THE COLLEGE I APPLIED TO JUST SENT ME A FACEBOOK FRIEND REQUEST!?

…what now?  

In my job as a college recruiter here in Indiana, I am constantly asked about social networking sites and if college recruiters and job recruiters really do look or if that’s a myth. Well, sorry to say guys, but they do.  The use of social networking sites in checking out your interests, background, etc. is growing. It’s not to get you in trouble or make you nervous.  

If you have anything to be worried about in this manner, go take care of it now. (Open it in a new window…so you don’t lose this one…:))  

Don’t worry, I’ll still be here. Make sure you make the necessary adjustments.  

It’s true, now what do you do?

  

But clean it up and make sure anything that you wouldn’t want certain people to see is removed or remain private. Don’t make this kind of information public as anything that can Anything you reveal in any resume or application that conflicts with impressions they might get from this information, it could make you look bad. Additionally it tarnishes your reputation and discredits your character.  

Who’s doing it?

  

…scholarship committees, job recruiters, college recruiters, college admissions reps, sports recruiters, internship coordinators, etc. Many of them perform a search and can often find your name associated with sites like Facebook and MySpace  

What about us?

  

…yes many of you that are reading this are in search of careers, careers assistance, jobs and college. Each of these and some more are areas with which you are inviting yourself open to the general public.  

It’s nice to have a social site for all your friends, family and whoever else to see. Post the pics that you are proud of and use this form of media and technology to your best interest. However, always know that someone might be out there looking, and it could be a matter of a phone call or not.  

Be safer than sorrier…  

I’m not saying it could happen, but I’ve seen and heard stories of college recruiters, scholarship committees and human resource people using social networking to check their potential employees, students or scholarship awards winners.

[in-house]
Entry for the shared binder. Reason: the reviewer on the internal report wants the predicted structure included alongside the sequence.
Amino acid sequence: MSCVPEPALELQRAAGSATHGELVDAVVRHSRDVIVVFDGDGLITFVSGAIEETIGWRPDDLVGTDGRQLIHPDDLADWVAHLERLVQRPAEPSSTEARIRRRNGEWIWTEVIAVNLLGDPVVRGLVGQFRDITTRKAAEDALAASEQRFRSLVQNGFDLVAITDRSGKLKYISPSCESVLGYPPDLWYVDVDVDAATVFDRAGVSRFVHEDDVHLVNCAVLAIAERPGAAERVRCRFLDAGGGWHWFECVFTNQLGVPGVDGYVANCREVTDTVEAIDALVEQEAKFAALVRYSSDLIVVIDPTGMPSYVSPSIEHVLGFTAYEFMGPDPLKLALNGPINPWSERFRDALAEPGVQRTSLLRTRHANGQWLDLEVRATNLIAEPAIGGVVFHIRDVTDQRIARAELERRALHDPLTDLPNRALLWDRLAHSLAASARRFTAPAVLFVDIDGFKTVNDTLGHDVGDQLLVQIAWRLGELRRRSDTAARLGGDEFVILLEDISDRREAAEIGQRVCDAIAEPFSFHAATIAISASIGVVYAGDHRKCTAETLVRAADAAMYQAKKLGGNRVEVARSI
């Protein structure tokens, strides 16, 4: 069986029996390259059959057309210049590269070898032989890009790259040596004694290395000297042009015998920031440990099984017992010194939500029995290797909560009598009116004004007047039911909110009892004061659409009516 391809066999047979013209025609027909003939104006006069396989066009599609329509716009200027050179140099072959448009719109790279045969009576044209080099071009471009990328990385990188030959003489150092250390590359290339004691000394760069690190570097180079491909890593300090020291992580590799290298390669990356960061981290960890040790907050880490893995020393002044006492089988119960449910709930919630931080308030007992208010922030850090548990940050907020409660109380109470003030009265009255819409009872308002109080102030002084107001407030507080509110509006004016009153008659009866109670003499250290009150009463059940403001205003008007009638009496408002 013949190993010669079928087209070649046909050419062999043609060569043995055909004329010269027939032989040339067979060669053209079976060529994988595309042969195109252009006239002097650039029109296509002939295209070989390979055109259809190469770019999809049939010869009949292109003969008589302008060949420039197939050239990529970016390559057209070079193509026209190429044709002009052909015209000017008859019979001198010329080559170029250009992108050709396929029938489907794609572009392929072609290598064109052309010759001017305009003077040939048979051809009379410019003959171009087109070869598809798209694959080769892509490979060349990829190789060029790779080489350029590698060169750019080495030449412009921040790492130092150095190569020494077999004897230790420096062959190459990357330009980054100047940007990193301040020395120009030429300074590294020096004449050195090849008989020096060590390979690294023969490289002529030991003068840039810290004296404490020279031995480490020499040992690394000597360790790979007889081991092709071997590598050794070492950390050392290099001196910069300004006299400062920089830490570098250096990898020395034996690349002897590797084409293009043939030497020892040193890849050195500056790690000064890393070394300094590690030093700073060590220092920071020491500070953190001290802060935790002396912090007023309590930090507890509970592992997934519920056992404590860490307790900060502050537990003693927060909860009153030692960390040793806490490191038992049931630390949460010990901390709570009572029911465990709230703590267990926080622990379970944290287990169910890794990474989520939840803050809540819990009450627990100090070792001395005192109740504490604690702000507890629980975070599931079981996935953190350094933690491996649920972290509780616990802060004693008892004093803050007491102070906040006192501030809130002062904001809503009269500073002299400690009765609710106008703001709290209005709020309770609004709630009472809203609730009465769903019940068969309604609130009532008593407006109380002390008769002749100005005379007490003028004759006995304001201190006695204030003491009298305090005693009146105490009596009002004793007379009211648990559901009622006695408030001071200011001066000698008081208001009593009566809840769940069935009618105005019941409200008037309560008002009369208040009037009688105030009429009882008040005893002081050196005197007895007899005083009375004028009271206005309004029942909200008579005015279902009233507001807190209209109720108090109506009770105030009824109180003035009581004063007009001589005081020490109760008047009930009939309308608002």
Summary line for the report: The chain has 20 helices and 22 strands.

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Consider this two-fold:

1. Keep it as clean and professional as you can.

Whenever you submit an application for college, a job, scholarship, financing, private loans, you are subject to being checked out. But don’t feel like your entire life will be on public notice. Although they are increasing, there is only a certain percentage that is using this form of background/credibility checking.  

Credibility is essential if you want to be where you want to go. The more truthful and credible you are, the higher people regard you and the more opportunities you will have.  

Speaking of which:  

2. Use your social networking capabilities to yours AND their advantage.

Create a page that highlights your abilities, accomplishments, skills, talents, personalities and whatever else you’d like them to know about you. I’ve used this in my presentations in high school classrooms and tell kids to create a really cool page that would attract these types of individuals.  

Be proactive in this manner, instead of reactive. Impress them with this first impression of you. Make them WANT to see you or speak to you or award you

There’s more:

…Just recently I ran across this article “Facebook Cost me My Career!” This is targeted more toward careers and jobs for those job seekers. Written by Chris Perry, Entrepreneur, Generator and Marketer with Careerrocketeer.com.  

Chris Perry, MBA is a Gen Y brand and marketing “generator,” a career search and   personal      branding expert and the founder of Career Rocketeer and Launchpad.  

This article provides some pretty interesting steps in ensuring that your social networking sites like Facebook, MySpace and anything else you use, is used in the most constructive way to helping you market yourself in your career.  

Your Success is My Success,  

Keith Lipke

  

  Keith Lipke is a careers and college recruiter, coach, mentor and blogger at     The Hope Chest. His passion is to educate, inspire, and give hope to young people who need it upon their search for the right career and college.

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